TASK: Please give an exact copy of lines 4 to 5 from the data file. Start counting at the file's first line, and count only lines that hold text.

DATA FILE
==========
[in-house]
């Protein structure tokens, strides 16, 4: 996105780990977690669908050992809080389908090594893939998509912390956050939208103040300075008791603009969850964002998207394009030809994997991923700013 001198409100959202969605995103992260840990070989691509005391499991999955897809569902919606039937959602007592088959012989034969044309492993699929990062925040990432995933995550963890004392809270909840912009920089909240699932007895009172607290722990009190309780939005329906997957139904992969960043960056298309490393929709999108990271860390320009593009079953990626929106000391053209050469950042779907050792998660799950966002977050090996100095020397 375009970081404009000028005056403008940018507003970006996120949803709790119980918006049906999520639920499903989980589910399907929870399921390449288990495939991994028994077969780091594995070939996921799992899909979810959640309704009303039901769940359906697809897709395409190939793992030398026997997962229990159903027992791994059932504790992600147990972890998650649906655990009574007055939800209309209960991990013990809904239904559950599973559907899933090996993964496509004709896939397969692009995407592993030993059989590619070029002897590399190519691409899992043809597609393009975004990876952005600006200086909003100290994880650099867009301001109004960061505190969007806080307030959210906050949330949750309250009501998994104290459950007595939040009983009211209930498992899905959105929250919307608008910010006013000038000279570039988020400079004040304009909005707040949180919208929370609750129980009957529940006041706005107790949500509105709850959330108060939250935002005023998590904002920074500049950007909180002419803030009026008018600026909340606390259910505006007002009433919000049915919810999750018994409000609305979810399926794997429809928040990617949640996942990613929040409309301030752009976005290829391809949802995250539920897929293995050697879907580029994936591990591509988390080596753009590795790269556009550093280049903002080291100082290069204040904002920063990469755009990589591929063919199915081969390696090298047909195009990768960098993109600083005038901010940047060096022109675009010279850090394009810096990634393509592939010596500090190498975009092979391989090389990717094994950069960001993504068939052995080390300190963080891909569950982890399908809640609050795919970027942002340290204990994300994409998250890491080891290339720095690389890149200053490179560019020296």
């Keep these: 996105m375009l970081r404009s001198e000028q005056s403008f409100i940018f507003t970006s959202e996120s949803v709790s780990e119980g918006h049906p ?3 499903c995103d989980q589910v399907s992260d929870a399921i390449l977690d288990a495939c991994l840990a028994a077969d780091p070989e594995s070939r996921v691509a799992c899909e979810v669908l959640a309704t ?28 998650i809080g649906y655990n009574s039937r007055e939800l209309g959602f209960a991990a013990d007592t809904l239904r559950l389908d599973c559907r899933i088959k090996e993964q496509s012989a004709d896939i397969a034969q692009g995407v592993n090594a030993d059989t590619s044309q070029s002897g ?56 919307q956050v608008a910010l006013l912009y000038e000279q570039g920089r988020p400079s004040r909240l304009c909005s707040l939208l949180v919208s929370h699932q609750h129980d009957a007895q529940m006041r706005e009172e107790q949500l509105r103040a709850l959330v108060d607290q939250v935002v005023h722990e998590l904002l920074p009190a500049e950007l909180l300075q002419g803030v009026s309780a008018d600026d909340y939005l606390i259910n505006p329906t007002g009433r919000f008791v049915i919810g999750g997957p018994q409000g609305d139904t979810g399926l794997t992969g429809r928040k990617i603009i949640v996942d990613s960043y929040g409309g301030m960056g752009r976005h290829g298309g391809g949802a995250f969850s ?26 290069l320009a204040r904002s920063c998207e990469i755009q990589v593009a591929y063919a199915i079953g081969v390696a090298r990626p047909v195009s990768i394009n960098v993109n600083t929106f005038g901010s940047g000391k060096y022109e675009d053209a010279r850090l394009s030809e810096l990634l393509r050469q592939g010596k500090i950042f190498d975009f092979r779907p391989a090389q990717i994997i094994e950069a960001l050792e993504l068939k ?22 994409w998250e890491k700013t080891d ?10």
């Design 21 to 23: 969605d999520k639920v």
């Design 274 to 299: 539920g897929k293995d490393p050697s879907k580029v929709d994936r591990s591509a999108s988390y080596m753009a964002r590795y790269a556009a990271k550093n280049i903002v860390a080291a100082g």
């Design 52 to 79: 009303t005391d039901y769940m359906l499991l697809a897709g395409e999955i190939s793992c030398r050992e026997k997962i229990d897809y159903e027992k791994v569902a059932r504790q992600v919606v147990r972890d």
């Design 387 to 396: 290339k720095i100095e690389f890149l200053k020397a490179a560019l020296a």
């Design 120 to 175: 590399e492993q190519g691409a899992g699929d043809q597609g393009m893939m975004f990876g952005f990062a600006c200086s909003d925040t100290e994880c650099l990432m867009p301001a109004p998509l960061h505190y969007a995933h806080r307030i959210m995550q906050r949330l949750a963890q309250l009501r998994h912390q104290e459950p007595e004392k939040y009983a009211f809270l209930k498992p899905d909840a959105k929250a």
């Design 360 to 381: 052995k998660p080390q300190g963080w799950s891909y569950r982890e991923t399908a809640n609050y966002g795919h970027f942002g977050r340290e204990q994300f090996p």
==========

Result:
């Design 21 to 23: 969605d999520k639920v």
């Design 274 to 299: 539920g897929k293995d490393p050697s879907k580029v929709d994936r591990s591509a999108s988390y080596m753009a964002r590795y790269a556009a990271k550093n280049i903002v860390a080291a100082g």